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Follow Up By: gqpat - Sunday, Apr 10, 2005 at 13:35

Sunday, Apr 10, 2005 at 13:35
As a One steel employee i am required to be a level 2 first aider and the amount of knowledge you get from these courses is fantastic you will be surprised at what you thought you knew and how much of it was incorrect .Do one of these courses and i bet at one time or another will save yours or someone elses life .Need to be done every 2 years to retain accreditation ...
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Follow Up By: Bob Y. - Qld - Sunday, Apr 10, 2005 at 14:49

Sunday, Apr 10, 2005 at 14:49
I'll second Truckster's advice. Money well spent, what price is life?

We do a first aid course each year, on the station, and one must do CPR yearly to be accredited. Snake venom is transmitted through lymph glands, not bloodstream, and the immobility of limb, makes this a slow process. Don't get bitten on the arse!!!

Good advice to stay away from them too, they belong in that environment. Good luck on the Hay, hope you've got plenty of patches?

Hooroo...
Seen it all, Done it all.
Can't remember most of it.

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FollowupID: 363072

Follow Up By: Crackles - Sunday, Apr 10, 2005 at 16:30

Sunday, Apr 10, 2005 at 16:30
Won't need patches as he's got MTR's not Coopers ;-))
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Follow Up By: Big Woody - Sunday, Apr 10, 2005 at 16:40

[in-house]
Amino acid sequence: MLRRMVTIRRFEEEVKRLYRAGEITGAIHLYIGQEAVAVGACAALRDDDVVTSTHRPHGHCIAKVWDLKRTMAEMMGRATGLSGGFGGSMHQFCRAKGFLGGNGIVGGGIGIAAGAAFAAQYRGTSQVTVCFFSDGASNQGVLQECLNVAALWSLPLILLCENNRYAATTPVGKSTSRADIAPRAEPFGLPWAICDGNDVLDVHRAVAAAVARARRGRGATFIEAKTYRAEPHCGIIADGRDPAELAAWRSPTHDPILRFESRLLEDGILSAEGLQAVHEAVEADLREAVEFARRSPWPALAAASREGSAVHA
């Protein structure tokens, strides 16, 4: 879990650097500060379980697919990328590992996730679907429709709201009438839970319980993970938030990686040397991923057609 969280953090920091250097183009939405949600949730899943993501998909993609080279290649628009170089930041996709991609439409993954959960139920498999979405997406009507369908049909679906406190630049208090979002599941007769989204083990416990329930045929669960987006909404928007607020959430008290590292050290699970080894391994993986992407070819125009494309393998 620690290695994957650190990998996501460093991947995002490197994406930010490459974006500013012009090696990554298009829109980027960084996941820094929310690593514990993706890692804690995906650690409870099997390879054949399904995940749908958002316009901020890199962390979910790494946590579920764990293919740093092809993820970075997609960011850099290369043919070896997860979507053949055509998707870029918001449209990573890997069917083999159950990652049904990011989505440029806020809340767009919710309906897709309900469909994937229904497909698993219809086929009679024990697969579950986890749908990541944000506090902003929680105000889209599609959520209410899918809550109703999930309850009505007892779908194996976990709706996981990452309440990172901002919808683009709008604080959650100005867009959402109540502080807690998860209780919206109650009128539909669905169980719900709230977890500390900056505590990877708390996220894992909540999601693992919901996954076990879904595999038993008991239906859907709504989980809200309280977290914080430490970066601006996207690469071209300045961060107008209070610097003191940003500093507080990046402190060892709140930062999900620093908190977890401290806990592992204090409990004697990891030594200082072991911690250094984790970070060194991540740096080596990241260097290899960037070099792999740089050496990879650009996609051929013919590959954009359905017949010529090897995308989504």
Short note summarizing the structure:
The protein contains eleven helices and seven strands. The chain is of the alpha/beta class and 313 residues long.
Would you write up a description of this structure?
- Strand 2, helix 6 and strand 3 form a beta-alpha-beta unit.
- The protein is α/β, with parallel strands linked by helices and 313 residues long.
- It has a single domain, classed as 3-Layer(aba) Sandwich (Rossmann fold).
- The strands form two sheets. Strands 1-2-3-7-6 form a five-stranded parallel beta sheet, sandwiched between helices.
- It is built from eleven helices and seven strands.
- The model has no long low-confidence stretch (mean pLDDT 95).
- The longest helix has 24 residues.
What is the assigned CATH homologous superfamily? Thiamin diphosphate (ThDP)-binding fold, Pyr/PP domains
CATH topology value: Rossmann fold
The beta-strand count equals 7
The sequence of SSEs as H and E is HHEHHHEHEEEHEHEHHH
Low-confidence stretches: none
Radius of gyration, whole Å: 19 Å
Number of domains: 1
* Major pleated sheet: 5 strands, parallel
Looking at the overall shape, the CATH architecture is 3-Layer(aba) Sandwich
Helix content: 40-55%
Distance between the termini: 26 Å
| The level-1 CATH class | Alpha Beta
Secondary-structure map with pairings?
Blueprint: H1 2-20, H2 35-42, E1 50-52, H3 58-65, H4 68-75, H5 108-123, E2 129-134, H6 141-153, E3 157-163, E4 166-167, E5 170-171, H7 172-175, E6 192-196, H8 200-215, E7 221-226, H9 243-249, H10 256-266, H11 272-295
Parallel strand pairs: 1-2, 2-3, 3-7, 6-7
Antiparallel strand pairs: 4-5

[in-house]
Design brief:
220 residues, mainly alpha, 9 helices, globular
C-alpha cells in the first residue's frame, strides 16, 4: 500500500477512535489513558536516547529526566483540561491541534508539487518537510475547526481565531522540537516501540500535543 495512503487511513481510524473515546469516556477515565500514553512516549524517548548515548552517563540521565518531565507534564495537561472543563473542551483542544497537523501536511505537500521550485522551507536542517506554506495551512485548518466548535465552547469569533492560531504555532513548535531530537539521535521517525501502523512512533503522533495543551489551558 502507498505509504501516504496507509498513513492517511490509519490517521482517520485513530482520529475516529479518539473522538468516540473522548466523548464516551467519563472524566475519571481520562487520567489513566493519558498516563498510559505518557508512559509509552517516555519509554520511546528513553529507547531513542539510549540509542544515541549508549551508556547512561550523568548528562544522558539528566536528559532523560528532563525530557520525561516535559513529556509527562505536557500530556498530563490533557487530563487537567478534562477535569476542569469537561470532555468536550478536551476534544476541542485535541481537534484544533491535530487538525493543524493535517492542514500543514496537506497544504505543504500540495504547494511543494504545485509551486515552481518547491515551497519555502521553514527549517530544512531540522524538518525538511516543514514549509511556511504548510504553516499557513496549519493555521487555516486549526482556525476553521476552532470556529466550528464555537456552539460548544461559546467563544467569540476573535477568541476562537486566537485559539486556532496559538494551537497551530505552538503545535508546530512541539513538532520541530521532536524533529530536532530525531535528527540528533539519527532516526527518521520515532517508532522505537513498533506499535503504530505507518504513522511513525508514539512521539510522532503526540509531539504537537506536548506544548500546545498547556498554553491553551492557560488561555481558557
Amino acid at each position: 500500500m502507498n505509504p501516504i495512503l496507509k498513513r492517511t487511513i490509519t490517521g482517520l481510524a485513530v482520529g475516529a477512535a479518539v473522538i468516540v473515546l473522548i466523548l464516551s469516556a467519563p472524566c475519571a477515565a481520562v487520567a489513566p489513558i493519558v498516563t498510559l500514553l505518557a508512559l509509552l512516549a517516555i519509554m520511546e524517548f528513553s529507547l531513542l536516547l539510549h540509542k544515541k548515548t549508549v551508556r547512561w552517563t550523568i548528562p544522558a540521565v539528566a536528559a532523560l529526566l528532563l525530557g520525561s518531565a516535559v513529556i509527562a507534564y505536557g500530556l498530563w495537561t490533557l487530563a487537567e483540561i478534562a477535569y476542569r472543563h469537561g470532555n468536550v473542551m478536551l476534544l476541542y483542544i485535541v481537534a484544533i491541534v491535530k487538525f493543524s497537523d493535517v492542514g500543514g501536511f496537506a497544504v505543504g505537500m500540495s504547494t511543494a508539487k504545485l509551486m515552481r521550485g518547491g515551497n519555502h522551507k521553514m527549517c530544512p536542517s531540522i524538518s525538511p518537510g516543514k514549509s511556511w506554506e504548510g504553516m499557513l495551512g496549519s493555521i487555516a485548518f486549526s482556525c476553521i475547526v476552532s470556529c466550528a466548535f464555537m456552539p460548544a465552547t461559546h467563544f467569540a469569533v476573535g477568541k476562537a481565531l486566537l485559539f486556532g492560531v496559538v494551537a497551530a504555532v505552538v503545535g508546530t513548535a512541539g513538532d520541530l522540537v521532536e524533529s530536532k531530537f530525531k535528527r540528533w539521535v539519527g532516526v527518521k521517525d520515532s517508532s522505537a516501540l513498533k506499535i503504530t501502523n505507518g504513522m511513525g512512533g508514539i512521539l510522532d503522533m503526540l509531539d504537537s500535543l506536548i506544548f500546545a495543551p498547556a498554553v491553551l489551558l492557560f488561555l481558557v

Sunday, Apr 10, 2005 at 16:40
Truckster is right,
Get trained in First Aid and keep it up to date. Best investment you could make.

Brett
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Follow Up By: Joe - Sunday, Apr 10, 2005 at 17:54

Sunday, Apr 10, 2005 at 17:54
Thank's for all the good advice people...this forum is really appreciated..
Crackles, how do you know I have MTR's...????
Cheers
Joe
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Follow Up By: Willem - Sunday, Apr 10, 2005 at 18:28

Sunday, Apr 10, 2005 at 18:28
Crackles hahahahahaha..... best tyres for Hay are 14ply rags
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Follow Up By: Toy_Hilux - Sunday, Apr 10, 2005 at 20:13

Sunday, Apr 10, 2005 at 20:13
We agree with Truckster also. Though Anni, every-one should do it, accidents also happen at home aswell. Exp when ones' rugrats are very accident prone on the week-ends(like mine are).
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Follow Up By: Crackles - Sunday, Apr 10, 2005 at 22:48

Sunday, Apr 10, 2005 at 22:48
From the reports I've seen, the Hay river route isn't too hard on tyres as groups typically average around 1 flat each. Although a 14 ply rag tyre may be perfect for the desert & may not puncture on a 6,000 km trip like this, it will however be quite useless up the Vic high country for the rest of it's 60,000 Km life.
Cheers Craig
lcool (Joe) ;-))